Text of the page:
When I was first starting out, I didn’t have any of the right equipment I needed to stream; I had an ailing MacBook with a 0.6 upload speed, neither of which as realistically usable for streaming. I sold a bunch of my belongings (books, clothes, collectibles, even the Macbook!) to afford my first budget PC build. I upgraded the internet and set up shop in the only space I had available to me – a small closet attached to my bedroom. It was tough balancing working, going to college, commuting long hours, and trying to grow this my little Twitch channel into an actual small business, but the technical bumps and hiccups paled in comparison to the struggles I experienced with mental health along the way. I try to be as transparent as possible with my audience in regards to mental health to help de-stigmatize it, but it still feels uncomfortable and vulnerable to share how much of a toll it took on my mental health when my stepdad passed away in 2019. I had never experienced such profound grief before, and it was incredibly difficult to navigate having a full-time job where I was supposed to create entertaining, engaging content live on the internet, interacting with viewers in real-time while playing video games. My job is to facilitate a fun and engaging environment while gaming, two things that I found virtually impossible to do while in the grips of such strong grief.

I took on way too many gigs during this time, saying yes to every opportunity that came my way because I was so scared that if I passed on anything due to my mental health failing, the opportunities would dry up and by the time I was better, I’d be irrelevant. It feels oddly vulnerable to say it so plainly, but that’s how it felt like everything was now or never. I care deeply about my audience – after so many years spending five days a week chatting with the same group of people, you get to know each other quite well, and in the case of my community at least, we became a family of sorts. I struggled with feeling like I was letting them down by needing time to grieve and process privately. All of this bubbled to the surface and I became incredibly burnt out. I struggled to create content, to attend events or feel passion or motivation for anything. Finally, I started seeing a wonderful therapist who helped me get through what ended up being one of the toughest points in my life. I am so grateful that my community supports me and knows how important my mental health is because they ended up being my biggest cheerleaders throughout the entire process as I worked to get better.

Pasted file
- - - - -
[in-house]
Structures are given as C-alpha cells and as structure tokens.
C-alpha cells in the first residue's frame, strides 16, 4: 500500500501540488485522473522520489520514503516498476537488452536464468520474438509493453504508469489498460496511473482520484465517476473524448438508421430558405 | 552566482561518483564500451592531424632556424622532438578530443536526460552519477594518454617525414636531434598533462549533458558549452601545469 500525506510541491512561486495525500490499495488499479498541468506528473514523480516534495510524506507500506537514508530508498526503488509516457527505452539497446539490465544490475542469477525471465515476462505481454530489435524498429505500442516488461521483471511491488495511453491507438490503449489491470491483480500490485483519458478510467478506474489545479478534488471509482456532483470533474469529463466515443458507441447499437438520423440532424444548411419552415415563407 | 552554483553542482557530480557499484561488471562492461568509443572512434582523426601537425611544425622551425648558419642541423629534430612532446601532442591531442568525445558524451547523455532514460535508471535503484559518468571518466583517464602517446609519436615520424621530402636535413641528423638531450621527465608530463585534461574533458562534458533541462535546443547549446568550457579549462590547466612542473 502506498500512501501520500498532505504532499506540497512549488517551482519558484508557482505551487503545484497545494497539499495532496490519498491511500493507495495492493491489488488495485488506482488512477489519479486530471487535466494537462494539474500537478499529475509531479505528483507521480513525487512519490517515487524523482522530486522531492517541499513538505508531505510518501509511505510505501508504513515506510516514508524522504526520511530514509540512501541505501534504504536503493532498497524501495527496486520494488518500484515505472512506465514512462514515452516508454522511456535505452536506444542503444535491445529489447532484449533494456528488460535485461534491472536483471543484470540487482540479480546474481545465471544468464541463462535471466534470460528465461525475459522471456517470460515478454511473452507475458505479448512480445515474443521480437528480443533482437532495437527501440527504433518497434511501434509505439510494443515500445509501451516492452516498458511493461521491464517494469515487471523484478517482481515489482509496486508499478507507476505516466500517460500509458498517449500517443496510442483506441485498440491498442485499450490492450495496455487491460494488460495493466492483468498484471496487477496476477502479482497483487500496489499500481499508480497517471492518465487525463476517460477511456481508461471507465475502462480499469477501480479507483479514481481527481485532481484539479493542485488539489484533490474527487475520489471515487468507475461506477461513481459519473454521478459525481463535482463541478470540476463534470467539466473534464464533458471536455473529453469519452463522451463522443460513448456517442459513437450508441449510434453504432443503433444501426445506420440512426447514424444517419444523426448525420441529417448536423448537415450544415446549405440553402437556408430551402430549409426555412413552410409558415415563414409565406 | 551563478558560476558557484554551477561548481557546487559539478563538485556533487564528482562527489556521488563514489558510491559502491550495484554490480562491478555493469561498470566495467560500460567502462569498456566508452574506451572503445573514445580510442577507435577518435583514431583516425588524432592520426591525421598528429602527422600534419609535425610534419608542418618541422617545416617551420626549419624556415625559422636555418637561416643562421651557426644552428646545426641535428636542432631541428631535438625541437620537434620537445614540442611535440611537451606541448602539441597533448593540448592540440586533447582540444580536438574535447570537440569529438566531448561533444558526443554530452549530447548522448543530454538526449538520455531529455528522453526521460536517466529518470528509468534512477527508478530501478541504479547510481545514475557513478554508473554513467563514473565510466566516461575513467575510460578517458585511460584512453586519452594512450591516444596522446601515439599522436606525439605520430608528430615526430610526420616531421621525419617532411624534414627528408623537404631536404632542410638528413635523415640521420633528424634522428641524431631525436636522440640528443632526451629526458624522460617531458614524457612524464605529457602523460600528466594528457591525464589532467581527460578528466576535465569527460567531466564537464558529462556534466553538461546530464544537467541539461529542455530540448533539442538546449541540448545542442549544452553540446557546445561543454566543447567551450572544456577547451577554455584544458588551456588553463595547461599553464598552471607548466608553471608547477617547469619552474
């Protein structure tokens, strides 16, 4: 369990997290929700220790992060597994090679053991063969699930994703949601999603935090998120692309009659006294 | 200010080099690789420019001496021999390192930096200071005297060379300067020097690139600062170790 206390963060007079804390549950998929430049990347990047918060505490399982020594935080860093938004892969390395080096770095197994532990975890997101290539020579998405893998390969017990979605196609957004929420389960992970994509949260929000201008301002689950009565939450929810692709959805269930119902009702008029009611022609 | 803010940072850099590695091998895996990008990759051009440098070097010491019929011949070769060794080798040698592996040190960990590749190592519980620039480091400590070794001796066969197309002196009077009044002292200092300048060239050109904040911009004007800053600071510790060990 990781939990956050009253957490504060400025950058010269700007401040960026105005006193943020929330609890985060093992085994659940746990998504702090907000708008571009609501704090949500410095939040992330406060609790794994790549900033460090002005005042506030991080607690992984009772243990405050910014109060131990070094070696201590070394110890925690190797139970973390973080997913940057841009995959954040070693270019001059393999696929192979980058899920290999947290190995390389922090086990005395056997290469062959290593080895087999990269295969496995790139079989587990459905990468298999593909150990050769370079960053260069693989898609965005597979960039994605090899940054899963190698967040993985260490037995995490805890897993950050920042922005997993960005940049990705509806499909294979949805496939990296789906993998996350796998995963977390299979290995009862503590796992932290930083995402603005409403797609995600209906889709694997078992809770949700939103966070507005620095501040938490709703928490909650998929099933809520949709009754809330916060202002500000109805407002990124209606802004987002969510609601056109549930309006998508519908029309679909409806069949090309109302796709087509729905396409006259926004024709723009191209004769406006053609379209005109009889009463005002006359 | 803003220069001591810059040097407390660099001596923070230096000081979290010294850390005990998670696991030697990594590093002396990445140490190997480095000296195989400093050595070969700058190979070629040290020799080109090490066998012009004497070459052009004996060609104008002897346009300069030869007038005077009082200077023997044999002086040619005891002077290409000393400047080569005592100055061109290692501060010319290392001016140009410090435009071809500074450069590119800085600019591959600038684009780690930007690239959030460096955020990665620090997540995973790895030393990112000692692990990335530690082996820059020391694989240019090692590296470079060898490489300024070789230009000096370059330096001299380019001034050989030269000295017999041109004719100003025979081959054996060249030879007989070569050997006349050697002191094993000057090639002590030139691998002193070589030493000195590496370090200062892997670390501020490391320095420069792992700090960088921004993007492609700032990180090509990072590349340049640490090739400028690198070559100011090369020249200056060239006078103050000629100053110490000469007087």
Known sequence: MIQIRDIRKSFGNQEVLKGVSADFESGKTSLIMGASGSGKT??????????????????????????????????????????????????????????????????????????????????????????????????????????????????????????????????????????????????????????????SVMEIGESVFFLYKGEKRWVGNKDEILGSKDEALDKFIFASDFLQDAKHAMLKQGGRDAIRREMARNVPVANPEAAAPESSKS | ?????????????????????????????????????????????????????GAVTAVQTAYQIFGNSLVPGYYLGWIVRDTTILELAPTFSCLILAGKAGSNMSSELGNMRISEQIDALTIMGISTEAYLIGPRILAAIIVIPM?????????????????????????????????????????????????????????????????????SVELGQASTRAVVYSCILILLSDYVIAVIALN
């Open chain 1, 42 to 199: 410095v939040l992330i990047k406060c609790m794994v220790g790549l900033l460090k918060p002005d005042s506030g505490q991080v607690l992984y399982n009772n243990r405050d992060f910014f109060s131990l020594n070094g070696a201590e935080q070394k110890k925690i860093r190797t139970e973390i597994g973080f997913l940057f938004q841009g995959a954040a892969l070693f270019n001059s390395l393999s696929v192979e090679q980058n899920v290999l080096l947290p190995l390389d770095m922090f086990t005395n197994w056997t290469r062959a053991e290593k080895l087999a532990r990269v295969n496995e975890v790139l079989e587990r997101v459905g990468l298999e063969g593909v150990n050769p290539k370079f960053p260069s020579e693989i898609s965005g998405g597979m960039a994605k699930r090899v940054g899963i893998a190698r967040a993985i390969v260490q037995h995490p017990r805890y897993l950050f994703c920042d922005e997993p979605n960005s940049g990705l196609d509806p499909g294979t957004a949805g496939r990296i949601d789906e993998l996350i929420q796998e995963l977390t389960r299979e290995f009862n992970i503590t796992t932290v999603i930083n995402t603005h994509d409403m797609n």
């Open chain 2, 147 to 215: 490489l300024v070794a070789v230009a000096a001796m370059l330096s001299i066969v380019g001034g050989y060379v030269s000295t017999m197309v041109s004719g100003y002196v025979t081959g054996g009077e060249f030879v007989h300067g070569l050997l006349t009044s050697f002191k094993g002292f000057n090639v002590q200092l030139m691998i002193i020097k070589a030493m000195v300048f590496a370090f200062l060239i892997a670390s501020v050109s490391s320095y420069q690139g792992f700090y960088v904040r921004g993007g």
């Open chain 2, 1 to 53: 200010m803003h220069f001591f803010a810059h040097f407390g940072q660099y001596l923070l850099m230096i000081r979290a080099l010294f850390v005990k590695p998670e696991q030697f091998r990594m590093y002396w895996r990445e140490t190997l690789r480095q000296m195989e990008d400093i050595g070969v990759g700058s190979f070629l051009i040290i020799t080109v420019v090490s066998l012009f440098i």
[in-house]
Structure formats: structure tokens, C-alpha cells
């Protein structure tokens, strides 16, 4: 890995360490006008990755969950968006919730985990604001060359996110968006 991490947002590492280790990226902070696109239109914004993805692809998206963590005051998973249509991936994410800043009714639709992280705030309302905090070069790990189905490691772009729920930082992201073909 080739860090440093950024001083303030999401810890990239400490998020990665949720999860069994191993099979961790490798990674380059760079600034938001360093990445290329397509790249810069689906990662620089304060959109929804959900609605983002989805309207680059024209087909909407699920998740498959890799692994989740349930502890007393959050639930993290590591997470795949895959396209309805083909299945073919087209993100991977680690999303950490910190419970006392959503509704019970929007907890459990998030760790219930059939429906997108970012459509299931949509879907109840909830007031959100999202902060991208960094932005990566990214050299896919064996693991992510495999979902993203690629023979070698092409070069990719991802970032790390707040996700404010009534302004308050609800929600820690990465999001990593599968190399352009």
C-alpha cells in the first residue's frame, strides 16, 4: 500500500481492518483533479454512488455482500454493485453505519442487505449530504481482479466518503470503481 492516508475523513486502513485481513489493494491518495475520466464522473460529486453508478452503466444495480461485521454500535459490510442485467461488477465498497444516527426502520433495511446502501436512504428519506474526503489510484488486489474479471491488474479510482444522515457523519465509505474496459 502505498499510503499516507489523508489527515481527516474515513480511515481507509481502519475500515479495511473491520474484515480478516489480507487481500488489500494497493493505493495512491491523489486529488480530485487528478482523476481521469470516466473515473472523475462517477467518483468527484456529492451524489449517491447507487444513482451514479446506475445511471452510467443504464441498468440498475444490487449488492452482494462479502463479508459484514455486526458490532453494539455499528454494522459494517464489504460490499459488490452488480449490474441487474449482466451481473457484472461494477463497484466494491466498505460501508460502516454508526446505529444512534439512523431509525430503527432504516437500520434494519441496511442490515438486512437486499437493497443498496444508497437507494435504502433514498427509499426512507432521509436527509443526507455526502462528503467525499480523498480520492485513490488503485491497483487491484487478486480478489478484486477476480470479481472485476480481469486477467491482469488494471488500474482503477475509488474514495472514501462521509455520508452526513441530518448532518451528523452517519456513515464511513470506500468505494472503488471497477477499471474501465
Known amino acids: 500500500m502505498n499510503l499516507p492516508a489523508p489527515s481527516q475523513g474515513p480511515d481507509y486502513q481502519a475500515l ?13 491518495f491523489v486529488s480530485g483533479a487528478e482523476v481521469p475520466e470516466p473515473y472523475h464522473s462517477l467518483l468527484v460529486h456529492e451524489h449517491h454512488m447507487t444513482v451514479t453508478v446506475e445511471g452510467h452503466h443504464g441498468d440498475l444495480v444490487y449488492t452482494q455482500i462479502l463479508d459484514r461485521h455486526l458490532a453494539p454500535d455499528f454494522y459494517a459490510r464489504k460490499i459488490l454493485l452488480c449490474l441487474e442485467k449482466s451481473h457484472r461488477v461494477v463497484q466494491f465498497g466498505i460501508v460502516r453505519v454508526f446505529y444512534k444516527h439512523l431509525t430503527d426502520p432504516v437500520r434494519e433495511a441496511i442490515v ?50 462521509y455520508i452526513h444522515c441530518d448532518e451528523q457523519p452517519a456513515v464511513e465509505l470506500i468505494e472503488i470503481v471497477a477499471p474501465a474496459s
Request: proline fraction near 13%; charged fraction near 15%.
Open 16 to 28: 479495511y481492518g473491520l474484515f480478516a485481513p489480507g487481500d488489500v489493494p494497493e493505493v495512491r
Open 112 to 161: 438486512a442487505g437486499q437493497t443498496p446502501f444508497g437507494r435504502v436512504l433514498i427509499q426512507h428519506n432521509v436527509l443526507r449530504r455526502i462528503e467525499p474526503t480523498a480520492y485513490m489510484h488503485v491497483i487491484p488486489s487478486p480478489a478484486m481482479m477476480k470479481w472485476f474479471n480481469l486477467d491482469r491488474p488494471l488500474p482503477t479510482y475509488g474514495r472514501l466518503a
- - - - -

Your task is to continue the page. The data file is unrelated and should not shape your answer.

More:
Thanks for sharing that. So, maybe next you can tell us a bit more about your work?
I stream video games four days a week, live on my Twitch channel. I love horror, simulation games, and single player story-driven games with strong characters. I’m known for having honest, emotionally vulnerable responses to video games and for having a kind, welcoming community of viewers. I am most proud of my community’s charitable efforts – since 2018, my community has come together to raise over $200,000 for various charities! Some of our favorites to work with are St Jude Children’s Research Hospital, AbleGamers, and WWF Australia. Our motto is to “leave the internet better than we found it,” and I use that phrase as a guiding principle for all the work I do.

In addition to streaming on my own channel, I’m a cast member on two different tabletop RPG shows (if you’re unfamiliar, picture a livestreamed version of Dungeons & Dragons!) that are both broadcast on Twitch every Tuesday; Witchcraft & Wizardry on the Tablestory channel, and Salt Bay: Court of Thorns on Saving Throw Show. I am also a voice actor; you can currently hear me as Whisk in Cook, Serve, Delicious! 3?! and a few other yet to be announced projects. In an industry that often has the public perception of being filled exclusively by raging, hyper-competitive esports-playing male gamers, I think what sets me apart is my commitment to being kind and emotionally open with my viewers. We play games that tell stories, evoke emotions, and allow us to better connect with one another. My hope is that this won’t set me apart in the future and that gaming as a whole will shift to being more inclusive, kind, and welcoming to players of all backgrounds.

We’d be interested to hear your thoughts on luck and what role, if any, you feel it’s played for you?
I don’t think I believe in luck, personally. I remember hearing once that “luck is when preparation meets opportunity,” and that’s the closest thing I’ve heard to explaining luck that feels right to me. I’ve definitely had times where I wonder how different my career would look today if it weren’t for one silly clip of me reacting emotionally to a rabbit getting shot in The Last of Us going viral. I think some would look at the experience of going viral as being a stroke of luck, but I’m not so sure if that label feels right to me. It certainly feels like the stars align when you work hard to create good content, have a moment that showcases who you are in a way that’s emblematic of the rest of the content you create, and it picks up traction once shared online. Am I describing luck? I genuinely don’t know, you tell me I guess!